Sunday, September 11, 2011

Lest We Forget


On the morning of September 11, 2001, nineteen terrorists from the Islamist extremist group, al Qaeda, hijacked four commercial airplanes, deliberately crashing two of the planes into the upper floors of the North and South Towers of the World Trade Center complex and a third plane into the Pentagon in Arlington, VA. The Twin Towers ultimately collapsed because of the damage sustained from the impacts and the resulting fires. After learning about the other attacks, passengers on the fourth hijacked plane, Flight 93, fought back, and the plane was crashed into an empty field in western Pennsylvania about 20 minutes by air from Washington, DC.
The attacks killed nearly 3,000 people from 93 nations. 2,753 people were killed in New York,  184 people were killed at the Pentagon, and 40 people were killed on Flight 93.



Ode of Remembrance
With proud thanksgiving, a mother for her children,
England mourns for her dead across the sea.
Flesh of her flesh they were, spirit of her spirit,
Fallen in the cause of the free.

Solemn the drums thrill: Death august and royal,
Sings sorrow up into immortal spheres.
There is music in the midst of desolation,
And a glory that shines upon her tears.

They went with songs to the battle, they were young.
Straight of limb, true of eyes, steady and aglow.
They were staunch to the end against odds uncounted,
They fell with their faces to the foe.

They shall not grow old, as we that are left grow old:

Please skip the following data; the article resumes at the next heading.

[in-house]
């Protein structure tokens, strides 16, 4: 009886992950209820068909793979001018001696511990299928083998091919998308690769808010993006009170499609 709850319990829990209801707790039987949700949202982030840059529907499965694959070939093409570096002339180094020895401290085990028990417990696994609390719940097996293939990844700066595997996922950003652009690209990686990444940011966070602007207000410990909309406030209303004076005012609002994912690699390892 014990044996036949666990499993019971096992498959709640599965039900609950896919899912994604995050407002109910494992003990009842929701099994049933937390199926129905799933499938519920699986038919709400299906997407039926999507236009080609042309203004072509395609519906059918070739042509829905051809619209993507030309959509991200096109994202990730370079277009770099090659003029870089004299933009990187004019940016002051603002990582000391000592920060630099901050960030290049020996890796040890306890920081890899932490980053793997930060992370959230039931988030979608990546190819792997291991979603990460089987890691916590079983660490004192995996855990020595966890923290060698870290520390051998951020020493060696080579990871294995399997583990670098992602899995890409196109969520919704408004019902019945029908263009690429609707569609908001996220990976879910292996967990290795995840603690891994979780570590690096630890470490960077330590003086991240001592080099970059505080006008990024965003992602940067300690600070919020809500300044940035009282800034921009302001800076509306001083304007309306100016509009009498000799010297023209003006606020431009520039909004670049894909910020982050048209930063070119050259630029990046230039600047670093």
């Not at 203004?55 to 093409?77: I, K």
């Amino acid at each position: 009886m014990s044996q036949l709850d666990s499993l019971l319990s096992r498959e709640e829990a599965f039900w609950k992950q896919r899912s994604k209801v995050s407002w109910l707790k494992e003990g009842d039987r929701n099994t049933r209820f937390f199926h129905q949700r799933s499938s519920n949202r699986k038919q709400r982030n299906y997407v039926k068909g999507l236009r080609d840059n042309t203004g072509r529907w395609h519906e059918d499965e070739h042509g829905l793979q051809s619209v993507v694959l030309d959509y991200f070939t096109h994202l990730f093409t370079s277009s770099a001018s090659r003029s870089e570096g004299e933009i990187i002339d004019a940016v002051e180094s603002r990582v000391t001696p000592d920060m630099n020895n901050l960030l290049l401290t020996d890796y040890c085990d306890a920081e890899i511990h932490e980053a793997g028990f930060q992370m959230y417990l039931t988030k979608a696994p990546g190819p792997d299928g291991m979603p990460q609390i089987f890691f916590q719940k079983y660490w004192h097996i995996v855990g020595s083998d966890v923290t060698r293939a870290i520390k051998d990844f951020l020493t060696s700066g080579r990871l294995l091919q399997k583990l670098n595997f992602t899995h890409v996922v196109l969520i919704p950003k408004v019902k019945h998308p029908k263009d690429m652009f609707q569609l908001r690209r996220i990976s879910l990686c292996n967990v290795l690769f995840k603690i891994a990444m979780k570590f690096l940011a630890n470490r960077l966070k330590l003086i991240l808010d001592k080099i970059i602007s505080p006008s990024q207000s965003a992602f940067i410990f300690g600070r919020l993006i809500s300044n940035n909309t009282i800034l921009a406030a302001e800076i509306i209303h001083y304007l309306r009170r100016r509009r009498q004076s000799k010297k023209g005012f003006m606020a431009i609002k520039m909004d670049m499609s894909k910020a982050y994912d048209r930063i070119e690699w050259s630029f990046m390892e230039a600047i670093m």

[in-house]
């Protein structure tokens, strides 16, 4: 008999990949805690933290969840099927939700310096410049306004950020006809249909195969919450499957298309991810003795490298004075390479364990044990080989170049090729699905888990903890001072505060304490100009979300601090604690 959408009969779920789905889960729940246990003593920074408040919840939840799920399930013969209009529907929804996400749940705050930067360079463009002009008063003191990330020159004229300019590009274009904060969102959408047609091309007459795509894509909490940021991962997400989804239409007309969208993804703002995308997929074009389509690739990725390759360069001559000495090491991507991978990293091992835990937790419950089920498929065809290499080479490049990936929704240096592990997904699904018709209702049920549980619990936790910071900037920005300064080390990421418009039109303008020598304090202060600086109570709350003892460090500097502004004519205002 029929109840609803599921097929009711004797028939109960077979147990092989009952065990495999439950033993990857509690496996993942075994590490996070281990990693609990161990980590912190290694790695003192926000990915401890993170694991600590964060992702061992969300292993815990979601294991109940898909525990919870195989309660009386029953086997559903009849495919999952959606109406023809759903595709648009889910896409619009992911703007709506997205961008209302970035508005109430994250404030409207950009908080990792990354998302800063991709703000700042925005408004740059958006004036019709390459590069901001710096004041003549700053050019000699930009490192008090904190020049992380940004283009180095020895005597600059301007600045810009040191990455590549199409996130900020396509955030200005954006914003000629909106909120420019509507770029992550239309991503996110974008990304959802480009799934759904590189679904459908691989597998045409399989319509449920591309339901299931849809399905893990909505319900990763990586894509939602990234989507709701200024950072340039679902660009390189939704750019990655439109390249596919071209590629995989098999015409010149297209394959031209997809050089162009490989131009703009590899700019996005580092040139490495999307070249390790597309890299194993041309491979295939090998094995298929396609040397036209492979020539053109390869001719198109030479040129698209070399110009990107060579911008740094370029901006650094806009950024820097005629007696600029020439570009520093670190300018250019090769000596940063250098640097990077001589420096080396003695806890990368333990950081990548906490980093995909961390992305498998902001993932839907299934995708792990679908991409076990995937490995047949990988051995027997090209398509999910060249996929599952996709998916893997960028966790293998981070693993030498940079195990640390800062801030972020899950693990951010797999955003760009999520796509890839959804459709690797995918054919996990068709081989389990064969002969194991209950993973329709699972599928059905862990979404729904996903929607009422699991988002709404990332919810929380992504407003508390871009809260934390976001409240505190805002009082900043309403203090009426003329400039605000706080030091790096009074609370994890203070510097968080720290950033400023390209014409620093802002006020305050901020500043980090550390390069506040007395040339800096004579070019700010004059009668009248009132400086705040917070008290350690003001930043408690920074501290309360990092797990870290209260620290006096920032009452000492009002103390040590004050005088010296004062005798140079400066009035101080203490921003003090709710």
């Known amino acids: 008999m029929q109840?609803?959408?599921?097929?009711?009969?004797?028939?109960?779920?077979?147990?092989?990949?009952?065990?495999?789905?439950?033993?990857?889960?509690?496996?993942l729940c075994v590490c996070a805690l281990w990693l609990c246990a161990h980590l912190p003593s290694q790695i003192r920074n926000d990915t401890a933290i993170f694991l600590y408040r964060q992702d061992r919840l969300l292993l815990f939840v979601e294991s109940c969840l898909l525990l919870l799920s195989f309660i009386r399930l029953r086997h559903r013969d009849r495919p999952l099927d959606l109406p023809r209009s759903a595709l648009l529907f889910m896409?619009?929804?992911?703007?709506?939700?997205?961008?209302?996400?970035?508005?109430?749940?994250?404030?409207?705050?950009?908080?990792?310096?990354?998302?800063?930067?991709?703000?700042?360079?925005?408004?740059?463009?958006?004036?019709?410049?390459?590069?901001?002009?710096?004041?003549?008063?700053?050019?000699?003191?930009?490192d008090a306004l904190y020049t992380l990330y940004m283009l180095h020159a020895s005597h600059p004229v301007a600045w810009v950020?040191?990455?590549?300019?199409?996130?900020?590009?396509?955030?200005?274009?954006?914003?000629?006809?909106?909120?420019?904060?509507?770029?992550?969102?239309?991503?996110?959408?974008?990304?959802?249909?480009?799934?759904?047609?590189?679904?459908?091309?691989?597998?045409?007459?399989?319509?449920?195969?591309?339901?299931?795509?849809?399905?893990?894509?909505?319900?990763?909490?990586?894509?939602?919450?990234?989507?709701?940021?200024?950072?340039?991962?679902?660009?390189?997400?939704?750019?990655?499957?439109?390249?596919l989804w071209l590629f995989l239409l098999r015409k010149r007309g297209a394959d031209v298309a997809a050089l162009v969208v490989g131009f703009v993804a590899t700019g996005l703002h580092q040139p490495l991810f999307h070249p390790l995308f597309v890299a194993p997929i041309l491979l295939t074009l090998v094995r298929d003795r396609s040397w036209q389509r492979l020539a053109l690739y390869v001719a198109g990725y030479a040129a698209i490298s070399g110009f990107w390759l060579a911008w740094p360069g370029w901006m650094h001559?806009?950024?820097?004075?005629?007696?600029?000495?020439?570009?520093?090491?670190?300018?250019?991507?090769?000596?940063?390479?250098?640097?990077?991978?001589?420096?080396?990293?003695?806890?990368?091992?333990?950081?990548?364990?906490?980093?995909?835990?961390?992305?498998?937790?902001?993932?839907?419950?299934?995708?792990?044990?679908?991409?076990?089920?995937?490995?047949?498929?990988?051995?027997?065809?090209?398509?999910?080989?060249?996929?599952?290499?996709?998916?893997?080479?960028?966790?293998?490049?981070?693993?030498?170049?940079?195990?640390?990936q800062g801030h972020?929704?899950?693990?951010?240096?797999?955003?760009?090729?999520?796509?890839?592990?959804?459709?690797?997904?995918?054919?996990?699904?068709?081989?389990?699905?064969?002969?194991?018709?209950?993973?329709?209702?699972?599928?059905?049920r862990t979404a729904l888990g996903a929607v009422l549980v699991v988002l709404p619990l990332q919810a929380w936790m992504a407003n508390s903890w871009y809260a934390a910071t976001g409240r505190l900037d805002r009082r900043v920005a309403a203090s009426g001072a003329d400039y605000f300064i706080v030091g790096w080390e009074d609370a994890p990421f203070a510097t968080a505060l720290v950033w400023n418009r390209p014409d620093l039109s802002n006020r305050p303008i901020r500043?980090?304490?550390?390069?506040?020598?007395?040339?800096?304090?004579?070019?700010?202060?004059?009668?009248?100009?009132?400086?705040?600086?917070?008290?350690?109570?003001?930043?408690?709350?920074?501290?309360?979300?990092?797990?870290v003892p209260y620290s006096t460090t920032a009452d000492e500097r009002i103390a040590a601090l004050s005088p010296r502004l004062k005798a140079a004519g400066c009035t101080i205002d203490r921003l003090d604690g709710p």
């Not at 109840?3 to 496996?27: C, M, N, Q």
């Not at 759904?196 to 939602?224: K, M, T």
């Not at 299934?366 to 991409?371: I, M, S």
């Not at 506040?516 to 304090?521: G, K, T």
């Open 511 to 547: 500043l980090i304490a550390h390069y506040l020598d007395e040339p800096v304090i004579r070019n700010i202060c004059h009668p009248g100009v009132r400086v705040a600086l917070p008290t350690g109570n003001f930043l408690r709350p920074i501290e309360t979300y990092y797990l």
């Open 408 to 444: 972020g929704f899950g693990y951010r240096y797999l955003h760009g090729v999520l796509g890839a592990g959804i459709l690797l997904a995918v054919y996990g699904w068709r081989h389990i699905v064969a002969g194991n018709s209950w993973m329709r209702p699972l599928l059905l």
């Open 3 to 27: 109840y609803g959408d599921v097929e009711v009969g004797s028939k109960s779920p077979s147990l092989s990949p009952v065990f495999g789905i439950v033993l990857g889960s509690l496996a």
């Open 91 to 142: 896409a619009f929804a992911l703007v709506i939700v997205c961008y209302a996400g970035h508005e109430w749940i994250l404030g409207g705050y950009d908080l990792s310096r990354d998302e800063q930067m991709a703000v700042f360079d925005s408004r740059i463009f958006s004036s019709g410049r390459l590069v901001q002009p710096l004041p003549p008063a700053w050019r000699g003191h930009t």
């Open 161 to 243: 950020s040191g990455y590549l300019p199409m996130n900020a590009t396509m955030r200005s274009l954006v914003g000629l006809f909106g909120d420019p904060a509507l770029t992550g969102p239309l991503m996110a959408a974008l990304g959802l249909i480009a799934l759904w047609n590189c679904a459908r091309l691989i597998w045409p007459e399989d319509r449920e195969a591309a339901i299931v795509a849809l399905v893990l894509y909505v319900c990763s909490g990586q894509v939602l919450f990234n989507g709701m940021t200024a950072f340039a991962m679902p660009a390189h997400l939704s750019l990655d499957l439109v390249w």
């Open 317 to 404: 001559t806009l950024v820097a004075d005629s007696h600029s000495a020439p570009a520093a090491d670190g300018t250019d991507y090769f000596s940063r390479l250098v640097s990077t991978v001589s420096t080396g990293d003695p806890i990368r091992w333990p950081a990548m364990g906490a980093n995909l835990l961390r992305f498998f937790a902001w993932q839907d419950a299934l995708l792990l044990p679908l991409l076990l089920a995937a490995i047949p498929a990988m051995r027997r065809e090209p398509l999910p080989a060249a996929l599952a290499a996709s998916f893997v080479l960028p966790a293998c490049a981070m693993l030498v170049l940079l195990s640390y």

Age shall not weary them, nor the years condemn.
At the going down of the sun and in the morning,
We will remember them.

Lest We Forget

They mingle not with their laughing comrades again;
They sit no more at familiar tables at home;
They have no lot in our labour of the daytime;
They sleep beyond England's foam.

But where our desires are and our hopes profound,
Felt as a well-spring that is hidden from sight,
To the innermost heart of their own land they are known,
As the stars are known to the night.

As the stars will be bright when we are dust,
Moving in marches upon the heavenly plain;
As the stars that are starry in the time of our darkness,
To the end, to the end, they remain.


Lest We Forget

English poet Laurence Binyon, overwhelmed by the carnage and loss of life by British and Allied forces in World War 1, penned one of the most moving tributes the world has known to those who died in war.

Originally titled For the Fallen, the ode first appeared in The Times of London on September 21, 1914. It has now become known in Australia and Canada as the Ode of Remembrance.  I think that on the 10th anniversary of 9/11 it is a fitting memorial.  After the verse in bold is recited in memory of those who died, it is followed by the response, "Lest we forget" as I have added it above.

6 comments:

silvereagle said...

Most fitting for this day and for the other days of rememberance of the ones who traveled this life before us.

JiEL said...

PEACE...

That's what we need now..
Peace in our hearts,
Peace in our relationships,
Peace in our families,
Peace with the whole world,
Peace is the answer to everything
that saddly injured the earth as
a common home.

As a Canadian, I'm with you, American, on this sad remembrance day.

A better future is the main goal for us to aim without forgetting the errors of the past and making it a better world to live in for ALL....

JiEL,Montréal,Canada

becca said...

nope no forgetting

JoeBlow said...

Thanks, silvereagle. I thought so too.

What a beautiful tribute, JiEL. It's always wonderful to have the Canadians with us.

Becca, we will never be able to forget, especially those of us who woke up to the news of this that fateful morning.

fan of casey said...

Joe: Thanks for your remembrance.

JoeBlow said...

You're welcome, FOC, and thanks for reading.